Judging what is and isn’t fair is far more dependent on personal values and our view of how the world should operate than an objective set of principles we all share.
I’ve been having a lot of conversations about this lately – particularly in the Defence Force where significant work is being done to address gender equality and as a result a lot of people think women are getting an unfair advantage, while lowering standards.
Some of the same themes were also in my mind when I read the data released recently by the Human Rights Commission on pregnancy discrimination (part of the National Review on discrimination related to pregnancy, parental leave and return to work).
Half the mothers interviewed had encountered discrimination when expecting a child or returning to work, and 37% were threatened with redundancy or dismissal. Sadly, this bleak picture hasn’t really shifted in years despite claims to the contrary.
The reason for some of this shoddy treatment is the belief that having mothers in the workforce at all – and paying them maternity leave – is fundamentally unfair to others. Women (not men apparently) make the decision to have children so it’s only fair they should have to pay for the consequences, I’ve been told.
This view is often the result of some core beliefs: that mothers really belong at home with their children, and anyway, after giving birth they just don’t have the drive; and Australia’s continuing strong adherence to the male breadwinner model.
If men are seen as the right and natural occupants of this role then any efforts to keep mothers in paid work must seem unnecessary, expensive and of course unfair because they are may be taking jobs from more deserving men.
The sceptics also seem to equate maternity leave with a holiday and women’s income as discretionary – ignoring the overwhelming evidence to the contrary, and the increasing number of women with kids who simply need to have a job.
The same kind of ideas about who is naturally suited to and deserves jobs also bubble just under the surface in discussions about including more women in the ADF. Why are any changes needed when it seems perfectly clear to some ADF members that women don’t want the jobs, are not suited to them, go off and have babies, and could let the team down?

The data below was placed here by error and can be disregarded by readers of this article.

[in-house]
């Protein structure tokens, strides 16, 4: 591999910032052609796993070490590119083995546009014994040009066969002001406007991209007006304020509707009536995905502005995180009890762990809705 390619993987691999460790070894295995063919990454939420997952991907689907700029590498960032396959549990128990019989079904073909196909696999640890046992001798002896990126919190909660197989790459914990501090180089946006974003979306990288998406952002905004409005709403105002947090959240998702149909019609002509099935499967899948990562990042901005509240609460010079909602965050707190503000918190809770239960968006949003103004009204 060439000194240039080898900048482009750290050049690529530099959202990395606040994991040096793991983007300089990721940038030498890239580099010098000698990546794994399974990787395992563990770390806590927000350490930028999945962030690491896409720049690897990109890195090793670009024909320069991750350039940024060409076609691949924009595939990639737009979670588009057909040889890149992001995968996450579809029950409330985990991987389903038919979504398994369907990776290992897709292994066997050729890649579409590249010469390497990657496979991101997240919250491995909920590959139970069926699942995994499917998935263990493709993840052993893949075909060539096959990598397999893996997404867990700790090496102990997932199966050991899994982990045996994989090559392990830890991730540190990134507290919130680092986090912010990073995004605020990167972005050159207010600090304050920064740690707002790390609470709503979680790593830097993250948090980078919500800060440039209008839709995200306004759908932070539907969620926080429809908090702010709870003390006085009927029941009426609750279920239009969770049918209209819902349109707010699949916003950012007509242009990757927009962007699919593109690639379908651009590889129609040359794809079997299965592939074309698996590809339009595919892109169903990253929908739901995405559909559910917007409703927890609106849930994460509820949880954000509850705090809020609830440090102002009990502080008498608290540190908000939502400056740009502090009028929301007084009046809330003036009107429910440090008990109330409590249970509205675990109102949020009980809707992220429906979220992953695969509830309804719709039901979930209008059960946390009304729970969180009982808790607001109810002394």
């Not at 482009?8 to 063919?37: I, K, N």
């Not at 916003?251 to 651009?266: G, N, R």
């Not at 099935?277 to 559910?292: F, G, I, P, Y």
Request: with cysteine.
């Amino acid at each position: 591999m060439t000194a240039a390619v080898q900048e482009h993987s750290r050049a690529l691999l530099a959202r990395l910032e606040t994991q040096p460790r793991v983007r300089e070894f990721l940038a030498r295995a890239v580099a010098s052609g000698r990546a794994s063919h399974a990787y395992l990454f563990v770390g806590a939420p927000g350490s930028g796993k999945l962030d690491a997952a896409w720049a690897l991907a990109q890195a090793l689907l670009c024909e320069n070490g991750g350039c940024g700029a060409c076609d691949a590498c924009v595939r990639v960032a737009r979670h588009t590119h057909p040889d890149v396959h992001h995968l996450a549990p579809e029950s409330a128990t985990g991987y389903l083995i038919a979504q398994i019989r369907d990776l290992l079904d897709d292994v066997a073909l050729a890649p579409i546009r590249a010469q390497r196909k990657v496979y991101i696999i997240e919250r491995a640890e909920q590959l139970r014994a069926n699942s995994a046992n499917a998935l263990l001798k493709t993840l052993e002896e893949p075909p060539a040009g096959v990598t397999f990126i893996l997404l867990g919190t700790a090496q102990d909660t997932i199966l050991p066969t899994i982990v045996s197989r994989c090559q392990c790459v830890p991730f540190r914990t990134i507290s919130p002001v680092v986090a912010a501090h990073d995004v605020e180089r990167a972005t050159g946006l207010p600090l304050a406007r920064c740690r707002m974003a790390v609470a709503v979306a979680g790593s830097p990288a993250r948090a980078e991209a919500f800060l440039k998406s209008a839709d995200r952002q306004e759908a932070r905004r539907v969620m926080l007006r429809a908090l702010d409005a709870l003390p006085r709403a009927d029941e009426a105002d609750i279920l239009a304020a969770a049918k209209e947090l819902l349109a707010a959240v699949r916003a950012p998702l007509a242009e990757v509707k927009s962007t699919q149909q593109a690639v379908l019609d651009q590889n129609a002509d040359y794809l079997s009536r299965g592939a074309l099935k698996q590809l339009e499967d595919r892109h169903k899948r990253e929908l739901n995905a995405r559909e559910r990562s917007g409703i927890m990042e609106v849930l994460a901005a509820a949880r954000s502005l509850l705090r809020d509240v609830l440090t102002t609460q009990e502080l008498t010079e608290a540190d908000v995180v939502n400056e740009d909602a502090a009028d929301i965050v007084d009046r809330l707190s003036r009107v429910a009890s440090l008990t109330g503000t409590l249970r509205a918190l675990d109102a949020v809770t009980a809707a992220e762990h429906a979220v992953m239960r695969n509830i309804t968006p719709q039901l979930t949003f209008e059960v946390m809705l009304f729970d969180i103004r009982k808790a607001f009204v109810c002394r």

It’s an extra challenge to have this discussion in an organisation with a strong emphasis on physical strength and a warrior culture and to establish it’s not about reducing capability but building it, particularly as demand for recruits remains high and many jobs are transformed.
And it doesn’t matter that most of these assumptions are simply that – and have been disproved by the small but increasing number of women already successfully working in many jobs across the ADF.
After talking to a group of uniformed ADF employees this week, one of my colleagues turned to me and said “what are they afraid of?”
It was a good question. The group we were talking to were doing jobs most of us would never have the physical courage to do and yet the objections to involving women did seem to stem from a real fear of losing something fundamental about their ability to perform, their status and impact.
Underlying the unfairness lament is the same deep unease that drives pregnancy discrimination – those traditional beliefs about who really has the right to these roles, adherence to traditional family and social norms, and fear of more competition not just for jobs but for power.
When you are afraid you are certainly not in the right frame of mind to listen, analyse and carefully process change. In fact, you are more likely to cling tenaciously to the familiar, and justify the status quo.
No wonder many efforts to address bias and the uneven playing field get howled down and the backlash is so potent. Fairness for those who have not thrived in current male-dominated workplaces can quite quickly seem like a big, scary dose of looming unfairness to others.